Editors' pick: Originally published Oct. 20.
Republican presidential nominee Donald Trump called his Democratic rival Hillary Clinton "such a nasty woman" at the tail end of Wednesday night's debate.
His insult was wedged between Clinton's rundown of how she would shore up Social Security and Medicare and her contrasting that plan with Trump's. Here's what ticked off The Donald: Clinton noted that she and other wealthy people would pay higher payroll tax under her plan. That, she said, means Trump would, too, "assuming he can't figure out how to get out of it." Trump didn't like the snide reference to his accountants' deft ability to help him apparently avoid paying much, if any, income taxes over the years.
Perhaps Trump also sensed where Clinton was going with her critique of his ideas. Clinton went on to claim that his plan for huge tax cuts for corporations and individuals would add $20 trillion to the national debt, which would hamstring his ability to bolster Social Security and Medicare finances.
Trump didn't do much to deflect $20 trillion number Clinton tossed out. But he should have--that estimate is at the far end of negative predictions about the impact of Trump's proposed tax cuts. The problem, in Trump's view is that the estimate doesn't adequately predict the economic growth that his tax cuts would generate.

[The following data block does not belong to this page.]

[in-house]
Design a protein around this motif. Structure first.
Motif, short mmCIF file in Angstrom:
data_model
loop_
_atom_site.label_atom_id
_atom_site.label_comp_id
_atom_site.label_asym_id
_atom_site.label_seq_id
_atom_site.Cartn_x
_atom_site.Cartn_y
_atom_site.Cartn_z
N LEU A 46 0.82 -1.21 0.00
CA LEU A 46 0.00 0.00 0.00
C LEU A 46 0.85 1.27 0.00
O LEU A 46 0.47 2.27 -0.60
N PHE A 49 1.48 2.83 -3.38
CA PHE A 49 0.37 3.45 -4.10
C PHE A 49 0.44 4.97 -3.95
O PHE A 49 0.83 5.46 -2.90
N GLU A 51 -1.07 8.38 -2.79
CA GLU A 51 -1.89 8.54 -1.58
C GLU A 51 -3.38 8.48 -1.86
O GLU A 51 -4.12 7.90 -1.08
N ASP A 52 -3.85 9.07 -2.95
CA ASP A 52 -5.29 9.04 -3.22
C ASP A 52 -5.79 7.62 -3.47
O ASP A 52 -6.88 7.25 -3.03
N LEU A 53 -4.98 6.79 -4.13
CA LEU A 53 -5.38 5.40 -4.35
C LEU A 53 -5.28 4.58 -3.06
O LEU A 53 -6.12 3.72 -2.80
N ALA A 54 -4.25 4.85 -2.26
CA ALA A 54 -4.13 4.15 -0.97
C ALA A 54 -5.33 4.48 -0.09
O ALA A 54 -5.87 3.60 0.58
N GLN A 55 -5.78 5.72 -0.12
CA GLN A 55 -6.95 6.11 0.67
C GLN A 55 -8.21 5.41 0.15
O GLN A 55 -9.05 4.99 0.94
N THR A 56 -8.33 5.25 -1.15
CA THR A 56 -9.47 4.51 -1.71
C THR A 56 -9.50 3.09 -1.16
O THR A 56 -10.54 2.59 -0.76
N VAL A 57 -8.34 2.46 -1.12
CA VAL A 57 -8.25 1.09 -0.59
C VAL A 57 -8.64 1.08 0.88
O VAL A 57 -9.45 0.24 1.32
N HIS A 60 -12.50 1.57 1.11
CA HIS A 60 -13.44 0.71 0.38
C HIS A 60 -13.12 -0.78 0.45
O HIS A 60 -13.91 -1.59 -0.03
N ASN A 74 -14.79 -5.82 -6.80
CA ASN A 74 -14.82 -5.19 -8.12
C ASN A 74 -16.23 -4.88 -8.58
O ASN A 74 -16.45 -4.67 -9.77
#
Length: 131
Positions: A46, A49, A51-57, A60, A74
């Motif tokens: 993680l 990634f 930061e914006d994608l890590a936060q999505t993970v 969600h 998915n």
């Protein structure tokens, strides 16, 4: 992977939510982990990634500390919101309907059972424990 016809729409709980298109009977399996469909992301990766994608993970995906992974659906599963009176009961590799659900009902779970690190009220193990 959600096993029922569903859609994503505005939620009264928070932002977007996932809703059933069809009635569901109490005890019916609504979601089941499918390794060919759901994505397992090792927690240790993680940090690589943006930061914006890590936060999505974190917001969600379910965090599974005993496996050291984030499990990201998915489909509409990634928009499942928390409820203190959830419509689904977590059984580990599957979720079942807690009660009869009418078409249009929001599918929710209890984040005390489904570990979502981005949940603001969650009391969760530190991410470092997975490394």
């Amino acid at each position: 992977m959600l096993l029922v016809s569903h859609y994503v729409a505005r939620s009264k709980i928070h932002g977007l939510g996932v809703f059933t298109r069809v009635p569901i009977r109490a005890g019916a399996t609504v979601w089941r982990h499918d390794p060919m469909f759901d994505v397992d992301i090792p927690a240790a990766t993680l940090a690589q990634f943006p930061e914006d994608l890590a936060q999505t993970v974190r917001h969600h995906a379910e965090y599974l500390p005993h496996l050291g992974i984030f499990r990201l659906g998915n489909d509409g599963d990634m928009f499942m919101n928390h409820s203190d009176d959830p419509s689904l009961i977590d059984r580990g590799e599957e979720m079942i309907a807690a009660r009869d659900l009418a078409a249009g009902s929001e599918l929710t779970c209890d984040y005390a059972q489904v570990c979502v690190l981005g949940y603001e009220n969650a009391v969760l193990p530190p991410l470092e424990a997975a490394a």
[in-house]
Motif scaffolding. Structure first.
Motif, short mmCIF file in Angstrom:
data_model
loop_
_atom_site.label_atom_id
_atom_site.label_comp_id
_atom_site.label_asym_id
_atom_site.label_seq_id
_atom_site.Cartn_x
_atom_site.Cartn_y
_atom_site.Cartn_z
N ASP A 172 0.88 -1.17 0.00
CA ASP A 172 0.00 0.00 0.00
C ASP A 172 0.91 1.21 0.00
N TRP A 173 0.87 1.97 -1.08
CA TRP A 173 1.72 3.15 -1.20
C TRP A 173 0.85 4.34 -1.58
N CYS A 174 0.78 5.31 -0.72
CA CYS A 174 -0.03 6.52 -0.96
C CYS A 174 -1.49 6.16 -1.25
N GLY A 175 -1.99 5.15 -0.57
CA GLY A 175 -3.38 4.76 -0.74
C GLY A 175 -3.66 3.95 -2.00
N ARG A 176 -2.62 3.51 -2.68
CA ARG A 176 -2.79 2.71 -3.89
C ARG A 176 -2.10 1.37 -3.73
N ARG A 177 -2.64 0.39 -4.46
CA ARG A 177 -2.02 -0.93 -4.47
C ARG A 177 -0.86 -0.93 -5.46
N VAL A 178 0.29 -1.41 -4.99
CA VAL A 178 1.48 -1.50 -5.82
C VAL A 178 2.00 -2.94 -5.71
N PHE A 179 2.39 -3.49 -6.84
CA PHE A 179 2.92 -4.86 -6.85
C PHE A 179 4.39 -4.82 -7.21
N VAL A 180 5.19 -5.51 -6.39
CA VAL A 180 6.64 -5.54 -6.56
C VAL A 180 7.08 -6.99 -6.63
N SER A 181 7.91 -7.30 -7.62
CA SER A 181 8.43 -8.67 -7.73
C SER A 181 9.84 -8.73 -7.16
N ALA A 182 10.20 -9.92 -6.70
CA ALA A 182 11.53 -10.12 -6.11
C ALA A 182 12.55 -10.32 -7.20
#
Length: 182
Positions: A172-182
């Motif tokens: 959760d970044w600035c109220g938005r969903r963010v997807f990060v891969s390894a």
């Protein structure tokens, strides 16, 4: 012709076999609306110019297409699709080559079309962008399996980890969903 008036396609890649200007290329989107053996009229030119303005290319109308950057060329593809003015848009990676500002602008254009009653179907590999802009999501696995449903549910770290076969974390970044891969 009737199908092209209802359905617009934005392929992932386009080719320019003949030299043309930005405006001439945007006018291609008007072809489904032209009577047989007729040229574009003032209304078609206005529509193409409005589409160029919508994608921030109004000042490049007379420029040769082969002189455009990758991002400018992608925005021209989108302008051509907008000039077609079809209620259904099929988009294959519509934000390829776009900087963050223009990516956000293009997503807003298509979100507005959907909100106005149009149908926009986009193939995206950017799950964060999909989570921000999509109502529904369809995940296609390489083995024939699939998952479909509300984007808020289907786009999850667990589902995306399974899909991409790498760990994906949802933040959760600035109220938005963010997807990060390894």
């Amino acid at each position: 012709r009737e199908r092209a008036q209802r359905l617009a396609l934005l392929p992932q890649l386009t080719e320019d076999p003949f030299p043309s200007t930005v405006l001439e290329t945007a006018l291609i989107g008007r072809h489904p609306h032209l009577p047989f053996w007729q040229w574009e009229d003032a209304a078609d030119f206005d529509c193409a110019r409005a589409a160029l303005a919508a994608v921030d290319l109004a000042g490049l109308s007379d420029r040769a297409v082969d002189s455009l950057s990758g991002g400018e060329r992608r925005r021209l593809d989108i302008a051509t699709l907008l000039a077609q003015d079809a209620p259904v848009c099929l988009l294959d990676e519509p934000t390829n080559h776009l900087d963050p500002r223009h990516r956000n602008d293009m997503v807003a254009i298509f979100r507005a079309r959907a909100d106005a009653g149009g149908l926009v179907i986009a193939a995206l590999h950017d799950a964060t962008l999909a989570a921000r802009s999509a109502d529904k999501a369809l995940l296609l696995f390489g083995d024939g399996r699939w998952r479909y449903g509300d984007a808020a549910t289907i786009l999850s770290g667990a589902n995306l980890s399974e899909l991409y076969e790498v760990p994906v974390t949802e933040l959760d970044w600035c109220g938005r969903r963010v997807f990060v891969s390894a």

The American Action Forum, a right-leaning think tank, has estimated his tax and spending plans would add nearly $6.8 trillion to the U.S. debt over the next decade. The forum also predicted that Clinton's plan, which calls for higher spending as well as tax hikes, would add $1.5 trillion to the debt.
Here are some other estimates:
The Committee for a Responsible Federal Budget projects Trump will add $5.3 trillion to the debt in the next decade and Clinton's will add $200 billion.
The Tax Policy Center says Trump's will add at least $7 trillion whereas Clinton's will reduce the debt by $1.5 trillion.
So where does the $20 trillion figure come from?
That number also comes from the Tax Policy Center, which also extended its projections 20 years out. The group said unless Trump also imposes steep cuts in spending and entitlement programs, not only will annual budget deficits increase greatly but over time the cost of serving that debt will multiply. Trump's cuts "would yield persistently large, and likely unsustainable, budget deficits," the group said. So, over the next two decades the debt would actually spike by $24.5 trillion, according to the center, which is a a joint venture by the Urban Institute and Brookings Institution.
His plan is to reduce the number of tax brackets and dramatically reduce individual and corporate tax rates. That plus getting rid of the estate tax would reduce federal revenues by an estimated $9.5 trillion over the coming decade and an additional $15 trillion over the subsequent 10 years, the group said.
Trump's counter, such as it was, was to briefly assert that all these estimates fail to account for the economic growth, and resulting increase in tax revenues that growth would generate. "We're going to grow the economy. It's going to grow at a record rate of growth," he said last night.
His approach, he has maintained, is to revive growth first and then tackle the deficit and the debt.